Thursday, February 02, 2006
Google has been in the midst of a debate about its action of allowing the Chinese communist government to censor Google's search results in China.
On one side of the argument it is becoming a tool of oppression for the Chinese government as Chinese citizens are not being allowed access to "sensitive" information. A company, whose motto is "Don't be evil", should not become a partner of some government willing to do evil by only allowing filtered information to get through to the masses.
On the other hand, why should Google care about how it manages to penetrate a controlled market? It is in the business of making money and it can choose to make reasonable decisions to improve its bottomline. Politics should be left for the governments.
On principle, it should not have gone in, but lets be practical here. How can Google be labelled as becoming a tool of oppression while others are merrily doing business with the oppressors? If Google decides not to go in, can Google be assured that no other American company will do business with the Chinese? Why should some companies be allowed to do business there while others can't? Who will make sure others don't go to China? Well, no one can, and hence Google's choice is valid.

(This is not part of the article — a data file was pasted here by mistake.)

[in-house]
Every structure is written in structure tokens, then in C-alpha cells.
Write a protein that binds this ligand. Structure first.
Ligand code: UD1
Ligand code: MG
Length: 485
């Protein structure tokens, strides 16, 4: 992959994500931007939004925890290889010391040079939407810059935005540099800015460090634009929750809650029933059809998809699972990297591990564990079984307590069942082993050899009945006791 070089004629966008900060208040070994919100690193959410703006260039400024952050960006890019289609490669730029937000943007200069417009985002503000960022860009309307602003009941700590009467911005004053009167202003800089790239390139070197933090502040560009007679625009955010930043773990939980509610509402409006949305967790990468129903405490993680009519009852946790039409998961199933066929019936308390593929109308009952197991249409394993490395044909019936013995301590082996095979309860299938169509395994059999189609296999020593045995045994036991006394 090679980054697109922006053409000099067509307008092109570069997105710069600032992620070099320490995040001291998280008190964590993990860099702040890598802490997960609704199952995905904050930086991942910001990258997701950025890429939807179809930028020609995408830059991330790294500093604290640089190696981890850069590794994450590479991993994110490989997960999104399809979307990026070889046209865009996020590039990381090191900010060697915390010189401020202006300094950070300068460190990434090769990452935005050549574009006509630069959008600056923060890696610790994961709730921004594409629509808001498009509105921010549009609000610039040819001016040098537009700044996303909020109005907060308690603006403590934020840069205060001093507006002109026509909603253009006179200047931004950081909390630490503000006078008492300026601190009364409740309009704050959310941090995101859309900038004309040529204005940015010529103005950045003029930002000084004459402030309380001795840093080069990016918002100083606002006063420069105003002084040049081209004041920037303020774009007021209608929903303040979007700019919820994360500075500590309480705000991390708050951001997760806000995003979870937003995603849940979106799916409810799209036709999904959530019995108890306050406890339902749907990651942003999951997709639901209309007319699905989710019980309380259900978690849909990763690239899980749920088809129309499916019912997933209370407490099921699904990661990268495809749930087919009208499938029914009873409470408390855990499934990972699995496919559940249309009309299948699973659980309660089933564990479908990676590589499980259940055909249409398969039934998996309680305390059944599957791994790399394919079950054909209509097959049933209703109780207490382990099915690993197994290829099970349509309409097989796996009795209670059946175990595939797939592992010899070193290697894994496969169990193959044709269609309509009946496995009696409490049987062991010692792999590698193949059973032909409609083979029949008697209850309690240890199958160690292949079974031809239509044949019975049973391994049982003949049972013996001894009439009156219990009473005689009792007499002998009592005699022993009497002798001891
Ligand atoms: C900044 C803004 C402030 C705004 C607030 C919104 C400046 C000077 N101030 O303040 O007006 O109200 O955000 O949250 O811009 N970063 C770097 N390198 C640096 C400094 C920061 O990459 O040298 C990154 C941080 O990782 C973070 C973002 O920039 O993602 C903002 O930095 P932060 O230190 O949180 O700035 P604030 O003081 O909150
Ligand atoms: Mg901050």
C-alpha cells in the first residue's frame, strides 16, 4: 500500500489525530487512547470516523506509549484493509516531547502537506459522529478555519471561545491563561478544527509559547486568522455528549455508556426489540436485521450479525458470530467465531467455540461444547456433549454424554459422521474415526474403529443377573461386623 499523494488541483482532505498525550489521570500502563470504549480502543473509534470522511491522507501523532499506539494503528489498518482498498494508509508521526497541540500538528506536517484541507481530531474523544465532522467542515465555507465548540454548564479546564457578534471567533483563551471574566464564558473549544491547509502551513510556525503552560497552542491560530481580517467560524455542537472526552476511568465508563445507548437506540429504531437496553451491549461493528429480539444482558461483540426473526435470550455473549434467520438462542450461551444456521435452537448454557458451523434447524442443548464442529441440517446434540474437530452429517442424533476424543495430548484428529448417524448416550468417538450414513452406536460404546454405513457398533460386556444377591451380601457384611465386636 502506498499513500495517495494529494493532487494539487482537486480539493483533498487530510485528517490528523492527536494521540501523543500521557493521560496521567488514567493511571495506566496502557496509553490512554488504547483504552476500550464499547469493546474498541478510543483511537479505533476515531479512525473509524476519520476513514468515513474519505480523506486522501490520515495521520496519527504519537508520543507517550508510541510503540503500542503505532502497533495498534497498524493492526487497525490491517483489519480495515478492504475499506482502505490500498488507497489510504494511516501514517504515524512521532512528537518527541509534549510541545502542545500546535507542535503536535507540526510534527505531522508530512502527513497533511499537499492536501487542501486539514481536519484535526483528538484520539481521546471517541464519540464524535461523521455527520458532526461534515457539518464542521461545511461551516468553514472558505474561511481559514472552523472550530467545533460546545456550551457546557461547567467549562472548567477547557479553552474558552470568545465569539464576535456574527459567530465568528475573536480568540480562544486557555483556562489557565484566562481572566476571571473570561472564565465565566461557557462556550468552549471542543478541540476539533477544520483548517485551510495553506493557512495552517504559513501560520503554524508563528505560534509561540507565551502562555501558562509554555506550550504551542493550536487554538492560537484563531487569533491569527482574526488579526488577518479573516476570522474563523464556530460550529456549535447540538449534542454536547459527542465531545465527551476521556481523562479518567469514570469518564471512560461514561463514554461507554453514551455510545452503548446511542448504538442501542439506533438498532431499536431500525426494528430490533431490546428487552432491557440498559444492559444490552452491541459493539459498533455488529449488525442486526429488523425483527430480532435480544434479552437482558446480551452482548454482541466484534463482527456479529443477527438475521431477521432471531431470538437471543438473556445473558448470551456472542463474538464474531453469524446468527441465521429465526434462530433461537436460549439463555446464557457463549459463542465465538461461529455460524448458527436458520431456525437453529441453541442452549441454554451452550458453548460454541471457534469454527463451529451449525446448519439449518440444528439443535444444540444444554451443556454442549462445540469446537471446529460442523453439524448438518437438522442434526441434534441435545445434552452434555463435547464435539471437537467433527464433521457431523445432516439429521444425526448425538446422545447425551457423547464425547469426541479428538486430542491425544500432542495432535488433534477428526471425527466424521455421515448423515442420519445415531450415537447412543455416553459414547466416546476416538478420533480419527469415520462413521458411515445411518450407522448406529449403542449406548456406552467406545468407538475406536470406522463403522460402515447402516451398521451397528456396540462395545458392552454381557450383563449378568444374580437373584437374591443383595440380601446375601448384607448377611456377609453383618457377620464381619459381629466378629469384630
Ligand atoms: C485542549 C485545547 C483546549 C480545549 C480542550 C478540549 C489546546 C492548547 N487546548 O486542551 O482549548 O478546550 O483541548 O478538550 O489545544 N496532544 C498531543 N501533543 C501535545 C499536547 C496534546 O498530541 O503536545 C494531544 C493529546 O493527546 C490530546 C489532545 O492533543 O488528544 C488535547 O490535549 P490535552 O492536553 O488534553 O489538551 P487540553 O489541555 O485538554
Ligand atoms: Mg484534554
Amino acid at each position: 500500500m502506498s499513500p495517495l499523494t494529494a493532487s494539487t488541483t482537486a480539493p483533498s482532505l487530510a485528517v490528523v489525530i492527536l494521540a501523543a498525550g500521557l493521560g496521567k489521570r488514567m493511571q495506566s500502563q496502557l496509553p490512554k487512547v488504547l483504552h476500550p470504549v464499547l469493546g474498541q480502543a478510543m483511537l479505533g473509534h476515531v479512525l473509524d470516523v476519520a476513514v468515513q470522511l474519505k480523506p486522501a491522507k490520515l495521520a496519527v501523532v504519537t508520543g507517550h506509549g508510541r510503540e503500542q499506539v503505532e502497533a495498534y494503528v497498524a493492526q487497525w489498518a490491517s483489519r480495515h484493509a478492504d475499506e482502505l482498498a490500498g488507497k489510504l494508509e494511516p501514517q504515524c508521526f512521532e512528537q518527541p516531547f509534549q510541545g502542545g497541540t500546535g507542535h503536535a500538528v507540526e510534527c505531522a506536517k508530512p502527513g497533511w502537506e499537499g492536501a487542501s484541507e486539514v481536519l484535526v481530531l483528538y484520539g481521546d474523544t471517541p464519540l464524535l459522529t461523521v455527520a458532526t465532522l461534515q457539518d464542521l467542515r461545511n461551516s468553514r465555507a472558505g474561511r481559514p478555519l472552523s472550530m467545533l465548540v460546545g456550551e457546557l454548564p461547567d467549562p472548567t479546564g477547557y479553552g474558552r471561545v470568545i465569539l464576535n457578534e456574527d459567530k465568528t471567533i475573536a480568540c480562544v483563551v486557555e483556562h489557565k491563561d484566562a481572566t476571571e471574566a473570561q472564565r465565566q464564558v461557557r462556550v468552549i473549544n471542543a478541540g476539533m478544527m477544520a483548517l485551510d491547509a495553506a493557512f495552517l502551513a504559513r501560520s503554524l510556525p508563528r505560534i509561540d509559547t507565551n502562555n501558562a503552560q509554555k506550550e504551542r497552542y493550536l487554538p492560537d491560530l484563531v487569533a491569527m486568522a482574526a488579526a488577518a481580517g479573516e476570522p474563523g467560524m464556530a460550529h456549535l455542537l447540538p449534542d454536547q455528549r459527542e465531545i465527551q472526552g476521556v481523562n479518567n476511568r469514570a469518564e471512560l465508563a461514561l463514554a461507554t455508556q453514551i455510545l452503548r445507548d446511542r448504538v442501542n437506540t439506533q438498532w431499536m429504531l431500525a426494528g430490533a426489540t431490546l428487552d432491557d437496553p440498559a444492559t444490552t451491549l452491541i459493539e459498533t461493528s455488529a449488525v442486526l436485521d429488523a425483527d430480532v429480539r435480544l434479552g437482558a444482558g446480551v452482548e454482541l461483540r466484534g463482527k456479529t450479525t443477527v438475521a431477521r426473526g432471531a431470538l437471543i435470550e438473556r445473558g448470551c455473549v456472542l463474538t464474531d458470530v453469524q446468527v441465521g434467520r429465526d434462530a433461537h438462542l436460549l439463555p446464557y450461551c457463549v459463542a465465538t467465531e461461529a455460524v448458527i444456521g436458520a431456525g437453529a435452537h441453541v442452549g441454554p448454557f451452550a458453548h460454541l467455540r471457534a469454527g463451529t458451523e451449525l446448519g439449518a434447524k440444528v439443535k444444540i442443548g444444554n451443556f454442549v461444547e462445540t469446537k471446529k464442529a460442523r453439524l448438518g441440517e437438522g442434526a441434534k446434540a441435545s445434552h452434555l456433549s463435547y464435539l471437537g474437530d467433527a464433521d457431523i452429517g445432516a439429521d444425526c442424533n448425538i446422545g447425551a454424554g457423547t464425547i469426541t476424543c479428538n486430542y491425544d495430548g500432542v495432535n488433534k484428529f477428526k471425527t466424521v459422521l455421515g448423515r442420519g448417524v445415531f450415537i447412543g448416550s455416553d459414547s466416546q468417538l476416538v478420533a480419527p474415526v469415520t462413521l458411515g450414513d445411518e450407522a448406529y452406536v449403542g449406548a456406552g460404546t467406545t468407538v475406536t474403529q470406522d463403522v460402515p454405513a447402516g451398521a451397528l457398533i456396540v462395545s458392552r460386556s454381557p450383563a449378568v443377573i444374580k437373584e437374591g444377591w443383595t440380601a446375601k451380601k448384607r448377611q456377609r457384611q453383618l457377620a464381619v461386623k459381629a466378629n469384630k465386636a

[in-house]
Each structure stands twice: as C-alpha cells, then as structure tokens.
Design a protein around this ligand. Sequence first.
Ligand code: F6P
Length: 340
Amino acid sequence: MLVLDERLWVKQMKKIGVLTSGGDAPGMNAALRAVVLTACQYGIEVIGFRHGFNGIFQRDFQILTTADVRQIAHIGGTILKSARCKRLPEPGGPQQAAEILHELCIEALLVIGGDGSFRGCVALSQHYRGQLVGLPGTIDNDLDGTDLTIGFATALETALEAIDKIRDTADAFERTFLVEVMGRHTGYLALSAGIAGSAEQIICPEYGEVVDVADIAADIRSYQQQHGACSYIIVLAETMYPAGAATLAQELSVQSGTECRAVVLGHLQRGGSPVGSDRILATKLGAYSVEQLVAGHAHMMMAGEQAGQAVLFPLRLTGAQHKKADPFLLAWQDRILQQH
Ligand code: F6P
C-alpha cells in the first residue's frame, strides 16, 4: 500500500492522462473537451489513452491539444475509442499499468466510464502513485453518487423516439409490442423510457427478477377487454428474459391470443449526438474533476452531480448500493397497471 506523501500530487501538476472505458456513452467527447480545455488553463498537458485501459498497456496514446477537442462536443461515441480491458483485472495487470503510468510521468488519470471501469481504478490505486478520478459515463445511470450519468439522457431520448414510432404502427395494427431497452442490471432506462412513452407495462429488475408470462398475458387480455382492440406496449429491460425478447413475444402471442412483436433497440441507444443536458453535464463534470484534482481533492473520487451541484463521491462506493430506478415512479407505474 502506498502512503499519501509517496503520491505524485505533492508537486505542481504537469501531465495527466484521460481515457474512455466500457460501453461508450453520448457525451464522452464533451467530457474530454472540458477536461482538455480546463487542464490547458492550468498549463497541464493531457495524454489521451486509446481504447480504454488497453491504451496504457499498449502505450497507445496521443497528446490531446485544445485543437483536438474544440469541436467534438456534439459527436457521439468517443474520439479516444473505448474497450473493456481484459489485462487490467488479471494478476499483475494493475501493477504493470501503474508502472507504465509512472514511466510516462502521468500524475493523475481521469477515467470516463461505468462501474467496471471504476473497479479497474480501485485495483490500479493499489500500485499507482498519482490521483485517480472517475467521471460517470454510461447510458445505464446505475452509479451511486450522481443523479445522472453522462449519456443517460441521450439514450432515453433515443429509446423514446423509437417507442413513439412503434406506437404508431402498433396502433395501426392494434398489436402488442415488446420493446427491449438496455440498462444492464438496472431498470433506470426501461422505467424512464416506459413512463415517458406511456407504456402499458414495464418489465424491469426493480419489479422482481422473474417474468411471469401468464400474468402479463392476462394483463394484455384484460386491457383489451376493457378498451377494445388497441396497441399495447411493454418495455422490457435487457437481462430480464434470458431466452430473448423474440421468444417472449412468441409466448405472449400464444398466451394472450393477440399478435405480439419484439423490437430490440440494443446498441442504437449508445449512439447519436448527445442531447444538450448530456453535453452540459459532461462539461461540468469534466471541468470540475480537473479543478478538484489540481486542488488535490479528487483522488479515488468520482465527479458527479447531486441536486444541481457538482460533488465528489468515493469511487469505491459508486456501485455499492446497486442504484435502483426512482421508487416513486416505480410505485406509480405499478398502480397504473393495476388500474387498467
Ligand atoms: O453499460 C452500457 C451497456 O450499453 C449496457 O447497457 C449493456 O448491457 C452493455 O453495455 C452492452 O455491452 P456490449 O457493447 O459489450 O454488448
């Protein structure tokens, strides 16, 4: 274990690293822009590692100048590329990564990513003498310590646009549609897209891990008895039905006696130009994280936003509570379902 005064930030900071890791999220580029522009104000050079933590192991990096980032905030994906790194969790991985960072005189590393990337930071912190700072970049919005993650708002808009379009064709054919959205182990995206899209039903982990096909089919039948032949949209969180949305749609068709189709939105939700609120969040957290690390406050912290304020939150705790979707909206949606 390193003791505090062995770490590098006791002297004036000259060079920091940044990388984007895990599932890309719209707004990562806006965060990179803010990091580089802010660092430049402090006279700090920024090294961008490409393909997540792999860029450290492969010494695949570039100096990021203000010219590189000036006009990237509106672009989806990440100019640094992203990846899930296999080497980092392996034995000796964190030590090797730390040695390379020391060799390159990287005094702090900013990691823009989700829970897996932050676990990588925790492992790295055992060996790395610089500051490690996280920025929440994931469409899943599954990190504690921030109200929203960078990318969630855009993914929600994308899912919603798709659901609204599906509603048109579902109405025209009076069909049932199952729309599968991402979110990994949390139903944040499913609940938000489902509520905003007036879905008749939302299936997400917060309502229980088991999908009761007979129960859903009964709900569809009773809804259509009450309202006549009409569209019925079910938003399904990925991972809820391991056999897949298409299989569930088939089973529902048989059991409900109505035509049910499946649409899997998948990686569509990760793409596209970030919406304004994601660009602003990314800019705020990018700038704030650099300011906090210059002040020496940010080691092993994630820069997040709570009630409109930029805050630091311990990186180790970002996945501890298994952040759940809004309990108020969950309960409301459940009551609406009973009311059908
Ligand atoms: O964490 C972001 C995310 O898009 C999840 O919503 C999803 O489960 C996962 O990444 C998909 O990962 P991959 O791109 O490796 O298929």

Besides, there is one more very strong reason which is often overlooked. Its digital filtering. No computer system is that solid that it won't have bugs or allow tweaks and easter bunnies to sneak in. Its software after all. Would you rather that Chinese people do not have access to any information at all or that they have access to some information? I would choose to let them have some access rather than none. Perhaps minds can be transformed by ideas expressed in ways which are not obvious to censorship boards. At least we have some form of a channel of communication.
Here are some of the differences between google.com and google.cn